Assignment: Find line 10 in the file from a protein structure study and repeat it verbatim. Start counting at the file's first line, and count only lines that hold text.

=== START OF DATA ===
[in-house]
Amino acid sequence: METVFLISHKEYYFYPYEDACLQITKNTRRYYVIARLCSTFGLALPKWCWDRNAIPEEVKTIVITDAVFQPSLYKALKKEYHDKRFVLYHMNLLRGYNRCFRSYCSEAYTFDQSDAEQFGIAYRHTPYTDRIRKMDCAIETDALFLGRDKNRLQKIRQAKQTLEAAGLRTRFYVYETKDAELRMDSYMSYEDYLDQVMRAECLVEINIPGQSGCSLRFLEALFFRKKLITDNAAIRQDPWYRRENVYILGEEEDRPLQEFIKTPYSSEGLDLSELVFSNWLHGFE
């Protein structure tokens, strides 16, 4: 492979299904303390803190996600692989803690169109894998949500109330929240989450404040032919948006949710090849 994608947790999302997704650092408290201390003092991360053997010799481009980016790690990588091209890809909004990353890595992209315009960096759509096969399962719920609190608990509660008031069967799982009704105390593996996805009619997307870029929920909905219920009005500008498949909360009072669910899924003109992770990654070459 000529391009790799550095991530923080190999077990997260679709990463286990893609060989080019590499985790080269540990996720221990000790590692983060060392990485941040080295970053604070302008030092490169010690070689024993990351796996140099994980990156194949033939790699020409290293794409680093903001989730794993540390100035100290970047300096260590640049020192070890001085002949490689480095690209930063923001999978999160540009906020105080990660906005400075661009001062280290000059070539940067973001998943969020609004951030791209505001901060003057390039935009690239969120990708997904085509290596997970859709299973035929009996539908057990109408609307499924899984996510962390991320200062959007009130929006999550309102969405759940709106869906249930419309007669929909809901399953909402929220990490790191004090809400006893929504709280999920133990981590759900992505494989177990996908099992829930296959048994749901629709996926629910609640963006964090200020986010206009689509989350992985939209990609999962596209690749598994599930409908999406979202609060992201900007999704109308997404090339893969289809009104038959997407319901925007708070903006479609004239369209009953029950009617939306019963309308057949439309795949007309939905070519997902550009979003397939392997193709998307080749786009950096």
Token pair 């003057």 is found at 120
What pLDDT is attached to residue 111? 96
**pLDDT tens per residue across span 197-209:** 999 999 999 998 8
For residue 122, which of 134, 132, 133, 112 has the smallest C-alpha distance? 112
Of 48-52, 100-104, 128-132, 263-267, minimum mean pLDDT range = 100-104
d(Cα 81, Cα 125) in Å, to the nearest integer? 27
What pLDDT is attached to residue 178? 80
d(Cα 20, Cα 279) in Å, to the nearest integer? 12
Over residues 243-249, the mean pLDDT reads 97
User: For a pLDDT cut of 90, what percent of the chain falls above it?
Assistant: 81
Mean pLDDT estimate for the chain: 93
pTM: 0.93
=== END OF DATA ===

What pLDDT is attached to residue 178? 80